“For a long time, we’ve told kids that learning is based on tapping into their social and emotional selves. We’ve spent a lot of time enhancing that, and now all of a sudden we’re saying, ‘Don’t tap into that, don’t be social beings,'” she told Global News.
“I worry, especially for the young grades, whether that could do more long-term harm on learning and the kind of relationships they can develop within a school environment.”
Obedience will be a struggle on several levels. While kids can gradually adapt to standing on footprints on the floor and missing friends in their class, experts aren’t convinced it will happen overnight.
There’s also the issue of staffing. In Alberta and Ontario, both provinces have faced shortages of teachers and educational assistants over the years, some the result of changes to government mandates and funding.
“We’re spreading students out in schools to any space available. It will require more teachers to be with students in those spaces. We’re also going to need intensive cleaning,” she said.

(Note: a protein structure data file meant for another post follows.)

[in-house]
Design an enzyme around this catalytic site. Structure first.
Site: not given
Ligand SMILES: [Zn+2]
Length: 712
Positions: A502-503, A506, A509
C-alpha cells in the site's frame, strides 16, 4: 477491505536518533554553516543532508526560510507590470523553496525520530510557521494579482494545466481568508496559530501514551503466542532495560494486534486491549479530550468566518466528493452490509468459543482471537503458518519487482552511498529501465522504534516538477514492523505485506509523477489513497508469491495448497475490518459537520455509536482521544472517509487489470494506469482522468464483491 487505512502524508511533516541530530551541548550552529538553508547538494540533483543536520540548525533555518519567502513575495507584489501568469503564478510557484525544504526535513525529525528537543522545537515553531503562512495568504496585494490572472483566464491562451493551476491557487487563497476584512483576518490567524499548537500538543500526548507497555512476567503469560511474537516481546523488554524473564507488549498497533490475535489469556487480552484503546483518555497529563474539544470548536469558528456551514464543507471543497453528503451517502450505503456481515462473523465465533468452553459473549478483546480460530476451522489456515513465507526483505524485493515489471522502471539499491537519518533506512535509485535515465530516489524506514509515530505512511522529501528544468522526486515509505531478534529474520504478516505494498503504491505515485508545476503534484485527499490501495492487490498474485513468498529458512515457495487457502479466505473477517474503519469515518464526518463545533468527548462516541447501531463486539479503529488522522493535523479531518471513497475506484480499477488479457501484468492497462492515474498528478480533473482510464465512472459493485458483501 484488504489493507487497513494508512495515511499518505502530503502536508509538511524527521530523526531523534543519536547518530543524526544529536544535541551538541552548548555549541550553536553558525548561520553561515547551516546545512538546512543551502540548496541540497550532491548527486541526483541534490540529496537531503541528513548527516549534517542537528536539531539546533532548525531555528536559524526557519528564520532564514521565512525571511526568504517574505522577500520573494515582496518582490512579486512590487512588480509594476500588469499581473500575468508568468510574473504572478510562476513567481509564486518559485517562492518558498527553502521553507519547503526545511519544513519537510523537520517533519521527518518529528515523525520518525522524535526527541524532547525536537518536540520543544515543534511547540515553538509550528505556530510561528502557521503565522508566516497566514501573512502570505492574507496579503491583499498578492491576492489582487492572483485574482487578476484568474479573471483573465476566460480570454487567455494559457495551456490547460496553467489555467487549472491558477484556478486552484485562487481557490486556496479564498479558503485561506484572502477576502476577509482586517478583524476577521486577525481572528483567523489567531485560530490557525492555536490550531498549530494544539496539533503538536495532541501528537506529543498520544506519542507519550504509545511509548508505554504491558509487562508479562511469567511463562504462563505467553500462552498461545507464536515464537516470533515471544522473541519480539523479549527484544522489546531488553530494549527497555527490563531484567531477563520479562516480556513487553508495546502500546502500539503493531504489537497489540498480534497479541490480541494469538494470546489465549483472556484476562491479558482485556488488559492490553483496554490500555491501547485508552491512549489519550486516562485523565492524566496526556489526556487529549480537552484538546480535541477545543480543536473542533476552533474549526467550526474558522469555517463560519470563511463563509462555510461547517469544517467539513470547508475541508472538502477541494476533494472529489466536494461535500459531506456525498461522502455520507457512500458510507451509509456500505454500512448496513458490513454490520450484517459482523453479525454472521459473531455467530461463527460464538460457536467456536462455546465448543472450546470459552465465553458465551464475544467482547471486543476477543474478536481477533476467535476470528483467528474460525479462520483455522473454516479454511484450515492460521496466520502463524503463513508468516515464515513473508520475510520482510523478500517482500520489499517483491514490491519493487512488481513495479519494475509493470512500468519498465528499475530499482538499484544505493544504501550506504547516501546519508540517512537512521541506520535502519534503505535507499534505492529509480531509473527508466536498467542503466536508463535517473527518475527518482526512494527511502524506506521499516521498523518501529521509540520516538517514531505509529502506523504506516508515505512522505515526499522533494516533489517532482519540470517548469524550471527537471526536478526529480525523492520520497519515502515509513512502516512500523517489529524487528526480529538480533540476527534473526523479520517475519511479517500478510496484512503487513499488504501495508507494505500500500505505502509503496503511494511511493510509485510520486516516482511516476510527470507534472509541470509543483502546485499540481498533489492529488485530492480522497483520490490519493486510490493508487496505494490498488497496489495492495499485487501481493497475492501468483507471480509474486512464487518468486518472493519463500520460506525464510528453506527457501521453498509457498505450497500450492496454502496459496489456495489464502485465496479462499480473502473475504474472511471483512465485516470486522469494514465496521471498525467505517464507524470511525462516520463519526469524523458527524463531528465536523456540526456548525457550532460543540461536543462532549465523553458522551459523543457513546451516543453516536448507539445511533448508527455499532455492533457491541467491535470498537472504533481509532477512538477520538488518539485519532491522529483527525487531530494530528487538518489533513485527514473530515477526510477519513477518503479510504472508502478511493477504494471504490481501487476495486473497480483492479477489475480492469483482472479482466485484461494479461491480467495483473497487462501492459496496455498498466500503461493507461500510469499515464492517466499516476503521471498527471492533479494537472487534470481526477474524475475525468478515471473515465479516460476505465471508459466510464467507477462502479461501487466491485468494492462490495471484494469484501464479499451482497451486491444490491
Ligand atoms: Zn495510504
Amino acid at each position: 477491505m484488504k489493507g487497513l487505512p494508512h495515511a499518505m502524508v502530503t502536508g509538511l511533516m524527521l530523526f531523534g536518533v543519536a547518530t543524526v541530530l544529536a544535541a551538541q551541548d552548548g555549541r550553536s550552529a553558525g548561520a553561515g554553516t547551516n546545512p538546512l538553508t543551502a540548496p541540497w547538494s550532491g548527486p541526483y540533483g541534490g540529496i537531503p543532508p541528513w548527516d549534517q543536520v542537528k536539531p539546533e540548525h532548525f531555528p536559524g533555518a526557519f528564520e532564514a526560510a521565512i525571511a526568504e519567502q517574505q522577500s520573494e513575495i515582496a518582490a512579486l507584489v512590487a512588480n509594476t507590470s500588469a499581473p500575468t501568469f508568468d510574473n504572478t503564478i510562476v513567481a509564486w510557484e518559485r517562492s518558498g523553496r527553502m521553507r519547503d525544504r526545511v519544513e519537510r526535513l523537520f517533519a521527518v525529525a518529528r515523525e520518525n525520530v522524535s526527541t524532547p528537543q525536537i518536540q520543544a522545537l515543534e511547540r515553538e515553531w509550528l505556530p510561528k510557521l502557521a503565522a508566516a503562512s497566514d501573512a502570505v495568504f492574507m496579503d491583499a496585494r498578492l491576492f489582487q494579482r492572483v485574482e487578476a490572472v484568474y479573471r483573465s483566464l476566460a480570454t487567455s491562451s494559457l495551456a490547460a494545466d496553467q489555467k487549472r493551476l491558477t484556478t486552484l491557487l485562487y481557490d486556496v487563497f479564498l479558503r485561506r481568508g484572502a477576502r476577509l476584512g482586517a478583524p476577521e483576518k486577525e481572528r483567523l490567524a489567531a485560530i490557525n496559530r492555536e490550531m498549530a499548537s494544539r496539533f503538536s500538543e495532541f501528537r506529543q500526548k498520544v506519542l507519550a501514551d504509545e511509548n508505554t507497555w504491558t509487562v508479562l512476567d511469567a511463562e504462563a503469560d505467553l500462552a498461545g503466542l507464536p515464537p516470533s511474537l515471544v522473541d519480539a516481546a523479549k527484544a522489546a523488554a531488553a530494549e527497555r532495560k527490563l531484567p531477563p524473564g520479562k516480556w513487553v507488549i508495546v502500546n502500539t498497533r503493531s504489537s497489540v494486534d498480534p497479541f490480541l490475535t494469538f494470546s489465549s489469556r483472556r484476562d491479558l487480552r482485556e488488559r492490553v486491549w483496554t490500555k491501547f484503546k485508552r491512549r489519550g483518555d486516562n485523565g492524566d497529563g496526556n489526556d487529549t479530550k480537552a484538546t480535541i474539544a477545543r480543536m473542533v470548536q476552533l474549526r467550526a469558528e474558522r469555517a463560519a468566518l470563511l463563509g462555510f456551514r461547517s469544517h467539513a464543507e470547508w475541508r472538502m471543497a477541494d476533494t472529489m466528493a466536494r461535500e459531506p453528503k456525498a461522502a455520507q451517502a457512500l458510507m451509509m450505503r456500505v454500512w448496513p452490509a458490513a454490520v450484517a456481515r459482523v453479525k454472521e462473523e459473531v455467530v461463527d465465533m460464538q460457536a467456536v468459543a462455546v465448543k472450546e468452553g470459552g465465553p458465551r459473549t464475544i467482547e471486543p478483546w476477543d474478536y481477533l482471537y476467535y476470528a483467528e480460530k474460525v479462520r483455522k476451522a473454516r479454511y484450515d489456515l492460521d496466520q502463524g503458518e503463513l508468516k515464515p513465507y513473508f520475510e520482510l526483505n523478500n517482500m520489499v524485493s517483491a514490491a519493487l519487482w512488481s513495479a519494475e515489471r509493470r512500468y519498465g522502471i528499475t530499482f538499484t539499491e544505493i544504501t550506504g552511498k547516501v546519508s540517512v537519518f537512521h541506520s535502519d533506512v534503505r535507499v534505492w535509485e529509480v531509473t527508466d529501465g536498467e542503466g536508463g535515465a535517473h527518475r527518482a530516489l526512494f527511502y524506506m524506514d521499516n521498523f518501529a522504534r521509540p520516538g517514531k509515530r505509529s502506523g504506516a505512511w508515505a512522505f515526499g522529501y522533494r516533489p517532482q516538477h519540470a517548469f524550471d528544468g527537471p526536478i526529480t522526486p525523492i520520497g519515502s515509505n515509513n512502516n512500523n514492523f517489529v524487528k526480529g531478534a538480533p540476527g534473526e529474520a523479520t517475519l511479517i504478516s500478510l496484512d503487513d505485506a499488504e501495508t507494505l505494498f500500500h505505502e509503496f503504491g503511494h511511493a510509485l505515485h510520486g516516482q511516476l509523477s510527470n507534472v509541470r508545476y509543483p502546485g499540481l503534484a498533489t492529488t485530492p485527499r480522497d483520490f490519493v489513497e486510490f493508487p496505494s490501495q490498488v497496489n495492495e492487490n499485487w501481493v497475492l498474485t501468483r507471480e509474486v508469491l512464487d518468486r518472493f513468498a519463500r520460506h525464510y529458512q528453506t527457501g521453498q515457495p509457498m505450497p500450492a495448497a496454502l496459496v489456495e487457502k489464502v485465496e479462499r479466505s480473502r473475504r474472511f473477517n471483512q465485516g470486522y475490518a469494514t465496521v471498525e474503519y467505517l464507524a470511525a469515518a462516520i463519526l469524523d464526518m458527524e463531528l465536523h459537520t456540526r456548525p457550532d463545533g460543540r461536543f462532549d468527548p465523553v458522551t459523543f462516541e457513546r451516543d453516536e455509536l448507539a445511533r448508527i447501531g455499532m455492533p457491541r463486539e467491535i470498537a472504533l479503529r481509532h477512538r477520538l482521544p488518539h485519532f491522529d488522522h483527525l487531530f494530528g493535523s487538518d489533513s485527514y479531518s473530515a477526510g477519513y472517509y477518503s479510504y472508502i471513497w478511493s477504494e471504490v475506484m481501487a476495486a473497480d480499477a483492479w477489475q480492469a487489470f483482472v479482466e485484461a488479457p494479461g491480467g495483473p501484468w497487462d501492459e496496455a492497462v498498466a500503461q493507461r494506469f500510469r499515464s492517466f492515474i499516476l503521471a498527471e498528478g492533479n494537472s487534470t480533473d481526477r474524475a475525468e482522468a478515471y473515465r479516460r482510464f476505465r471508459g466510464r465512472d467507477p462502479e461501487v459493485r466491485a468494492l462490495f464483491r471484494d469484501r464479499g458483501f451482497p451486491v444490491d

“It’s going to require a lot more resources, something we’ve seen a reduction in over the years, to make physically distancing possible and effective in schools.”
Provincial plans differ
Alberta reopened daycares this month but backtracked on schools. In-person classes have been cancelled for the remainder of the year, but schools are in the second part of the province’s phased reopening plan, which has no set date.
Ontario decided Tuesday to keep schools closed for the remainder of the school year. When asked why he didn’t opt for a regional plan like Quebec’s, Premier Doug Ford said it was too big a risk.
“I’m just not going to chance it,” Ford said. “I’m just not going to chance it when it comes to our kids.”
France — once in the grips of the worst outbreak in Europe — saw its plan backfire just one week into letting more than one million students return to class. Enhanced physical-distancing measures were set in place, including classes capped at 10 and 15, constant handwashing and mask-wearing teachers. But 70 cases sprung up a week later connected to the schools, forcing the schools to close again.